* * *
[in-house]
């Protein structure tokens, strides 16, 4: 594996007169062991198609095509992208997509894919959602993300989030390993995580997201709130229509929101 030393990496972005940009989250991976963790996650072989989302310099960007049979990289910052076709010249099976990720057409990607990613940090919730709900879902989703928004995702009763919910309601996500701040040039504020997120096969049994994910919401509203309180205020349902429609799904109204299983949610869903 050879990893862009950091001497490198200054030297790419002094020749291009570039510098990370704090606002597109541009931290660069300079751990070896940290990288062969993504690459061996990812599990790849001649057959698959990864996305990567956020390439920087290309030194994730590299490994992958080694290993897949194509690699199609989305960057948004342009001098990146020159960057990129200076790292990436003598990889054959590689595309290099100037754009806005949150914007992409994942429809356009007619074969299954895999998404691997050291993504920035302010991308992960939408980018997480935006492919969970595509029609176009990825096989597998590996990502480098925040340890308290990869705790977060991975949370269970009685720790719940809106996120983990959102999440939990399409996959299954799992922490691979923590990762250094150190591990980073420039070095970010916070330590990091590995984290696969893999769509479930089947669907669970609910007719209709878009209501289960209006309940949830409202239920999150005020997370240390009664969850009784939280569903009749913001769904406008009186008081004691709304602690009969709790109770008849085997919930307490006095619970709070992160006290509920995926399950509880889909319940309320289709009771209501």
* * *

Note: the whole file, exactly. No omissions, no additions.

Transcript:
[in-house]
């Protein structure tokens, strides 16, 4: 594996007169062991198609095509992208997509894919959602993300989030390993995580997201709130229509929101 030393990496972005940009989250991976963790996650072989989302310099960007049979990289910052076709010249099976990720057409990607990613940090919730709900879902989703928004995702009763919910309601996500701040040039504020997120096969049994994910919401509203309180205020349902429609799904109204299983949610869903 050879990893862009950091001497490198200054030297790419002094020749291009570039510098990370704090606002597109541009931290660069300079751990070896940290990288062969993504690459061996990812599990790849001649057959698959990864996305990567956020390439920087290309030194994730590299490994992958080694290993897949194509690699199609989305960057948004342009001098990146020159960057990129200076790292990436003598990889054959590689595309290099100037754009806005949150914007992409994942429809356009007619074969299954895999998404691997050291993504920035302010991308992960939408980018997480935006492919969970595509029609176009990825096989597998590996990502480098925040340890308290990869705790977060991975949370269970009685720790719940809106996120983990959102999440939990399409996959299954799992922490691979923590990762250094150190591990980073420039070095970010916070330590990091590995984290696969893999769509479930089947669907669970609910007719209709878009209501289960209006309940949830409202239920999150005020997370240390009664969850009784939280569903009749913001769904406008009186008081004691709304602690009969709790109770008849085997919930307490006095619970709070992160006290509920995926399950509880889909319940309320289709009771209501």